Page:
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dc.contributor.authorBarnes, Brittany Frances
dc.date.accessioned2014-03-04T20:34:58Z
dc.date.available2014-03-04T20:34:58Z
dc.date.issued2012-08
dc.identifier.otherbarnes_brittany_f_201208_ms
dc.identifier.urihttp://purl.galileo.usg.edu/uga_etd/barnes_brittany_f_201208_ms
dc.identifier.urihttp://hdl.handle.net/10724/28197
dc.description.abstractLarge woodboring insects (Buprestidae, Cerambycidae, Elateridae, and Siricidae) are ecologically and/or economically important in the southeastern U.S. forests. Surveys are conducted annually in the region to monitor populations of native and exotic woodboring beetle species. My research objectives were as follows: 1) to assess the efficacy of various trapping techniques for surveying of native siricids (woodwasps) and their hymenopteran parasitoids in southeastern pine (Pinus spp.) stands; and 2) to determine the effect of lure placement on modified funnel traps on capturing efficiency of large woodboring beetles. Creating trap-logs at the peak flight of siricids (early November) and using fresh pine billets with an intercept panel trap were the most efficient methods for trapping native siricids and their hymenopteran parasitoids. A modified funnel trap with lures hanging on the inside of the trap maximized the catches and diversity of cerambycid and elaterid beetles.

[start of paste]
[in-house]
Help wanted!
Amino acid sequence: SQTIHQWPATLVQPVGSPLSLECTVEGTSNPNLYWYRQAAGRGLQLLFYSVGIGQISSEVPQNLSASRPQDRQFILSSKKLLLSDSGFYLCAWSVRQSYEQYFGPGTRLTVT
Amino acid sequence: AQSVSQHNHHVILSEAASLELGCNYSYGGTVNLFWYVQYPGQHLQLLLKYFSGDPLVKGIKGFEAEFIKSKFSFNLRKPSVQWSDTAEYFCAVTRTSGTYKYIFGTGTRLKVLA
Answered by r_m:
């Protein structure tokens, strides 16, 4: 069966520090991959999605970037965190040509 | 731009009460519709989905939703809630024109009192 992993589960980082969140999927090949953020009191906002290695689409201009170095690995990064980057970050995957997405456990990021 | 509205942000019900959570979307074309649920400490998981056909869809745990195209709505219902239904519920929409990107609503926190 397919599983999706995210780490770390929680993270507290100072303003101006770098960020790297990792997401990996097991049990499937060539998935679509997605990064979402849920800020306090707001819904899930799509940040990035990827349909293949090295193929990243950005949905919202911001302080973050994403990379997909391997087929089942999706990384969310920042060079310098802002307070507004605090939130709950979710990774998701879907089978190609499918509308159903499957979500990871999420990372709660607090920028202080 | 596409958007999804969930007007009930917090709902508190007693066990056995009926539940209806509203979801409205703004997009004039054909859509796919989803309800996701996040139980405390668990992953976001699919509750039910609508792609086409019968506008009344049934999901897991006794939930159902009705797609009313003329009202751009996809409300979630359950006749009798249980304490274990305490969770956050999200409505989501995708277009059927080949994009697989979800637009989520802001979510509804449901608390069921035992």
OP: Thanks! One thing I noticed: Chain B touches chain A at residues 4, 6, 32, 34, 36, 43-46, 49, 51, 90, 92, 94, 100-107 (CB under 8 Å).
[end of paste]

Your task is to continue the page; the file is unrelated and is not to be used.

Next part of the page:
dc.languageeng
dc.publisheruga
dc.rightspublic
dc.subjectBuprestidae
dc.subjectcerambycidae
dc.subjectelateridae
dc.subjecthymenopteran parasitoids
dc.subjectPinus spp.
dc.subjectSemiochemical lures
dc.subjectSiricidae
dc.subjectSoutheastern US
dc.subjecttrapping
dc.subjectwoodboring insects
dc.titleTrapping methods for large woodboring insects in southeastern U.S forests
dc.typeThesis
dc.description.degreeMS
dc.description.departmentDaniel B. Warnell School of Forestry and Natural Resources
dc.description.majorForest Resources
dc.description.advisorKamal Gandhi
dc.description.committeeKamal Gandhi
dc.description.committeeKerry Oliver
dc.description.committeeJeffrey Dean


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